The president-elect's first press conference barred reporters from the most important Brazilian newspapers. There were no questions from journalists who worked at Folha, O Globo, O Estado de S. Paulo, and Valor Econômico, among others.
"I have you in the highest regard. I didn't say to keep anyone out," said Bolsonaro, when asked about the block. It sounded more like provocation, though.
During the campaign, Bolsonaro attacked the media and journalists, showing a particular preference for Folha, the newspaper who published the higher number of pieces criticizing the candidate.
In a Facebook live, for instance, the then-candidate called Folha the "largest fake news factory in Brazil," and threatened to withdraw all government advertising spending from the newspaper. He did it more than one time; the last one during his first TV interview as president-elect, to newscast Jornal Nacional.
Jair Bolsonaro's behavior is a precise imitation of US president Donald Trump's relationship with the media. Trump loves to tweet calling the New York Times as a failed newspaper and CNN as a "fake news business." Trump shows on social media an obsession with both outlets.
There are so many similarities that it's possible to say that Bolsonaro is imitating Trump more as a method than a legitimate admiration.
Bolsonaro doesn't question details in Folha's reporting. He flat-out denies indisputable facts, like that he kept a "phantom aide," that he later fired after Folha revealing her existence.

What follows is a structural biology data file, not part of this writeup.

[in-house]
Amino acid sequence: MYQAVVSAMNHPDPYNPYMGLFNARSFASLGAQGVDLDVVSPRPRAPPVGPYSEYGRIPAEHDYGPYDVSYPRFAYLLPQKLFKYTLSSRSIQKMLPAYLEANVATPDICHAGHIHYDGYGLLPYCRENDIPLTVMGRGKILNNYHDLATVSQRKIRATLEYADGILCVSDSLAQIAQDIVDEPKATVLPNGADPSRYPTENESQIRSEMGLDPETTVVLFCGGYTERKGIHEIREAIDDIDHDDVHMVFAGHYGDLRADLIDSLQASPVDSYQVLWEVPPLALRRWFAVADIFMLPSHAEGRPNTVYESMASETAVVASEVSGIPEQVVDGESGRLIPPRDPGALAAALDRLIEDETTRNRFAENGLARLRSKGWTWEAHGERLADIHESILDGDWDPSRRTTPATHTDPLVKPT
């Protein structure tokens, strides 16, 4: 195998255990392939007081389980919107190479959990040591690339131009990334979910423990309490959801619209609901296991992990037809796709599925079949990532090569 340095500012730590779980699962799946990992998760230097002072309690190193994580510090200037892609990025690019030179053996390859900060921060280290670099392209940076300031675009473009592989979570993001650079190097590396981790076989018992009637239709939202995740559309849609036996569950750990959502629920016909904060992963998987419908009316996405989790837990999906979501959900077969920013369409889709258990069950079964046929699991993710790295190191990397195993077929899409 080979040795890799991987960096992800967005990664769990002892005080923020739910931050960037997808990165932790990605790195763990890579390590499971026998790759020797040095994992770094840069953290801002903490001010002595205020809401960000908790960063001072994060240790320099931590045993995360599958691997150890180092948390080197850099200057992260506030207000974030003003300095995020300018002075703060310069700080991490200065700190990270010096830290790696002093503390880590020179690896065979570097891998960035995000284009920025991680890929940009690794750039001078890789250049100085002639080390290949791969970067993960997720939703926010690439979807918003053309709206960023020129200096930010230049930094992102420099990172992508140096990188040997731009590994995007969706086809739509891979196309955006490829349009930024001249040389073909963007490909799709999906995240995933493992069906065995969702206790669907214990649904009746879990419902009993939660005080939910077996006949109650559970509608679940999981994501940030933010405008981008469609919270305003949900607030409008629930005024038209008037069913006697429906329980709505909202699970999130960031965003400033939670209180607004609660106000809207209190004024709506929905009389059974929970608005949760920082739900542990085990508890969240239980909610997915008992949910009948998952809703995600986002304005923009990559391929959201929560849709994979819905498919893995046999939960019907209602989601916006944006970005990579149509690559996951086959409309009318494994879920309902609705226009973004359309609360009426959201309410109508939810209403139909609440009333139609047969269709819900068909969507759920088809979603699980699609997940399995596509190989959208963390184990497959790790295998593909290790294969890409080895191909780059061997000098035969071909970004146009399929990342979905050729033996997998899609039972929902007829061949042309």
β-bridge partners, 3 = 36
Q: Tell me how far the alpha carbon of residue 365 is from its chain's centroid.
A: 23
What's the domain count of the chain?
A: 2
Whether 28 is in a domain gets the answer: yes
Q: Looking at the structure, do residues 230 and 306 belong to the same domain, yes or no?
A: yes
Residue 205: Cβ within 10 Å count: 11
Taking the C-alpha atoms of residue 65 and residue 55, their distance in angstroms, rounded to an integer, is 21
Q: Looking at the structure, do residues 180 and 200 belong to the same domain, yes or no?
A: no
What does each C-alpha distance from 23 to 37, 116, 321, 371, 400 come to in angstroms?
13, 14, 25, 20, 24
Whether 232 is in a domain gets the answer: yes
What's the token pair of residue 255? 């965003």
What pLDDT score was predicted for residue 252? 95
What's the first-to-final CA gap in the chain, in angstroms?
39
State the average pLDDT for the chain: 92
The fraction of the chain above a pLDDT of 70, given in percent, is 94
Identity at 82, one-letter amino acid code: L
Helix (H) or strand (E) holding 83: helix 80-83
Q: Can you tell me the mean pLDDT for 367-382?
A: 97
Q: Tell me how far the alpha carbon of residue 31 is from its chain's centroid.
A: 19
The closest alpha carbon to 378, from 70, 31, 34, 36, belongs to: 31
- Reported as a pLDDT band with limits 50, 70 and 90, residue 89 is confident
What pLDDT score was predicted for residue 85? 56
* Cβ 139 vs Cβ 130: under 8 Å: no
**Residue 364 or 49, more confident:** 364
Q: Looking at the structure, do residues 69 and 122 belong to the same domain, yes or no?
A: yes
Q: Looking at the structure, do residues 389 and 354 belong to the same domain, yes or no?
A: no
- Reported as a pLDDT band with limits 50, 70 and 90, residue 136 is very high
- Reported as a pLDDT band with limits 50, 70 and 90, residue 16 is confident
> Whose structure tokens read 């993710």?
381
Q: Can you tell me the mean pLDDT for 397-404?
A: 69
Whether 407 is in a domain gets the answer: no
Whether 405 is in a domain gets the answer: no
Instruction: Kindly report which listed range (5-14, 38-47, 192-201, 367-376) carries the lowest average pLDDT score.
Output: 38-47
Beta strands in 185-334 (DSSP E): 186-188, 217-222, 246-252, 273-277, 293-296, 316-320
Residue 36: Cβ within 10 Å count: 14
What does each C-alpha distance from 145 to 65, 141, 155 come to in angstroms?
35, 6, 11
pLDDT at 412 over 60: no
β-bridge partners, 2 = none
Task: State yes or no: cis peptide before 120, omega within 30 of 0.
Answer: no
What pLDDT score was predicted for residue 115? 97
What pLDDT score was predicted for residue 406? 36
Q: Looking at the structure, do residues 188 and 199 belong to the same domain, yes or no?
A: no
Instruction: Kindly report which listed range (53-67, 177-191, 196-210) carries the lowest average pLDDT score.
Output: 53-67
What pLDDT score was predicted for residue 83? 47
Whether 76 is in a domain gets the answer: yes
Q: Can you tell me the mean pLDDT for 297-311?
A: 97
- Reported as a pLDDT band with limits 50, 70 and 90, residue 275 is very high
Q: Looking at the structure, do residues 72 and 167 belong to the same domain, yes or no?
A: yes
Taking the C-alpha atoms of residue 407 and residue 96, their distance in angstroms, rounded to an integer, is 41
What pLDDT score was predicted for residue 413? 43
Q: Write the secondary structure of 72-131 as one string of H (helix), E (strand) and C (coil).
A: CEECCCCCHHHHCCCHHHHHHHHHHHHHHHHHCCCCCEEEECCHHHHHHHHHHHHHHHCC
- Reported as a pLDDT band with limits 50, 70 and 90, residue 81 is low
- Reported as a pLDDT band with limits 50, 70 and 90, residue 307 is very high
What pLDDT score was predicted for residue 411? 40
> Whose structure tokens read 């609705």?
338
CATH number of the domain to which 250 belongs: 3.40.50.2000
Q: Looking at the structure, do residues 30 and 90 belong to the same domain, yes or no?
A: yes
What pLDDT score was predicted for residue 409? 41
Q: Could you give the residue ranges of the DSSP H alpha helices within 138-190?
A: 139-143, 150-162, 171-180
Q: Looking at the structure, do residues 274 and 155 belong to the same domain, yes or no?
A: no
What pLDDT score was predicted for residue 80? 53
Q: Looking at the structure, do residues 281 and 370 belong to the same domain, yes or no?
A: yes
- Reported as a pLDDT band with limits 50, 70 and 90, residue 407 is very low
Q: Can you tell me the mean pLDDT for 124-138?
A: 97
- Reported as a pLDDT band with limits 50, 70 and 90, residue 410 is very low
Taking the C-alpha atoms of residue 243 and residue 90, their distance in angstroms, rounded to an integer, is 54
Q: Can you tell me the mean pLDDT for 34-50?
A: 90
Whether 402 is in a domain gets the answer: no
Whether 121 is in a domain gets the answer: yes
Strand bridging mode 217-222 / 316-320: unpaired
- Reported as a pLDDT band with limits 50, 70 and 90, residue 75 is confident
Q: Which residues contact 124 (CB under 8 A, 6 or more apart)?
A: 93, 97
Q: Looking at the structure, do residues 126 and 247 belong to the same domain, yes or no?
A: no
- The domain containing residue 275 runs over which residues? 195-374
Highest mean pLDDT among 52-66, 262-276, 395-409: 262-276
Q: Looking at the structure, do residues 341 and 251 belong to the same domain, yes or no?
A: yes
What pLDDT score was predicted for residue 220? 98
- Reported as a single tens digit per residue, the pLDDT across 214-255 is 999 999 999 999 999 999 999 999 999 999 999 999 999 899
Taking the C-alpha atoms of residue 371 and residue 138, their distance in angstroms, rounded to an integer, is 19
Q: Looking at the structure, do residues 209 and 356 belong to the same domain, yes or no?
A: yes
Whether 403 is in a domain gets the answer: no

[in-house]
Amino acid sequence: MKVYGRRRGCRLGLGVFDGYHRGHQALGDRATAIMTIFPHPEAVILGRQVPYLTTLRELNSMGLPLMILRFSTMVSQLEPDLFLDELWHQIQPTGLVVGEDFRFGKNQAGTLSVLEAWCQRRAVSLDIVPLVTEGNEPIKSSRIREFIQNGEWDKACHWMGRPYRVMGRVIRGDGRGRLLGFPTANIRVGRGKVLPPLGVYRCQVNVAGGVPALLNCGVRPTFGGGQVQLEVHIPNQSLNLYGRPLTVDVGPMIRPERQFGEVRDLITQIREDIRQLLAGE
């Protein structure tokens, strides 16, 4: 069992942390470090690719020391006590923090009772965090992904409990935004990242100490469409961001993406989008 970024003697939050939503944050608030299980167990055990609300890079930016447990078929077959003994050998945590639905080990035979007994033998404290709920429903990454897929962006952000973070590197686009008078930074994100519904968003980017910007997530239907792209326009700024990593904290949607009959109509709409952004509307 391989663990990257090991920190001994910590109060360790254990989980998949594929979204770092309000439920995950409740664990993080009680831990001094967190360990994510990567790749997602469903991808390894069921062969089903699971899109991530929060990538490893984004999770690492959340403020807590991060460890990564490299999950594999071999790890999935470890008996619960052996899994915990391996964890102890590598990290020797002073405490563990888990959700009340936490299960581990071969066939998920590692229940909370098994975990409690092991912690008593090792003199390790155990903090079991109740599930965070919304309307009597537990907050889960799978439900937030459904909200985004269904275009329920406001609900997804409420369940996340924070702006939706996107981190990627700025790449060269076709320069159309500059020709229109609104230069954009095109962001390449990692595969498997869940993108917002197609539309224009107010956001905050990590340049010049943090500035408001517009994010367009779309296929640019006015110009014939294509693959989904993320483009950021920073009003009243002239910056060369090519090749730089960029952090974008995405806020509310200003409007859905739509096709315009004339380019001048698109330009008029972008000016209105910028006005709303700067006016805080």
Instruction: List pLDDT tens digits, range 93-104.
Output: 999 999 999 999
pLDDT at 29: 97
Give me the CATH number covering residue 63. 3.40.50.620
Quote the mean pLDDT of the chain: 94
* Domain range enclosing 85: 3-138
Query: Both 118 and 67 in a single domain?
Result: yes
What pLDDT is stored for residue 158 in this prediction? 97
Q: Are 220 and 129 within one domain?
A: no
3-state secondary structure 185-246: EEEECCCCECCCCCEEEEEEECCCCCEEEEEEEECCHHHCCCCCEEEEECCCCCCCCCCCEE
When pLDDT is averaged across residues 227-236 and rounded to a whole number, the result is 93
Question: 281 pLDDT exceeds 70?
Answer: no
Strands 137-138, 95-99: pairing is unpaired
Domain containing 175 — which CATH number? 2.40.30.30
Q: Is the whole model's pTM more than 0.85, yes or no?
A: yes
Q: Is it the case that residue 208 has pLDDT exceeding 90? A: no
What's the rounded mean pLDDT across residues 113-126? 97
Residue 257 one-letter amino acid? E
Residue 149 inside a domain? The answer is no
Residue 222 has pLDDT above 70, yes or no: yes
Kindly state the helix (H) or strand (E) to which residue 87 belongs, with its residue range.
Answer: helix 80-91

When Folha reported how Bolsonaro was using the housing assistance paid to him by the Brazilian Congress, he replied crudely: "I used that money to bang women."
Those reactions are not based on bad temper. They are part of a strategy to shift the discussion to a place Bolsonaro knows well: verbal attacks with no basis in reality.
Before the runoff, I received many messages from readers accusing Folha of campaigning against Bolsonaro, and saying they would be canceling their subscription.
But his recent ravings inverted the signal. Spontaneously, social media users started to show support for Folha. Many messages arrived asking us not to be intimated, announcing that the writers would resume their subscriptions, and so on.
Clashing with a recently elected president is as exhausting as it is necessary for journalists and newspapers. An impulse reaction could make Bolsonaro an enemy to be defeated. But that is not the role of the quality journalism that Folha wants to make.
Bolsonaro is at war with Folha, but Folha is not -- and must never be - at war with him.
I think the readers' support energizes the newsroom. But it's necessary to double down on the attention to detail, fine-tune editorial practices, aim for journalistic precision and guarantee that both sides are always heard.
Bolsonaro seems to be done with creating fake news. It's much more concerning how the president-elect likes to deny reality.
Translated by NATASHA MADOV
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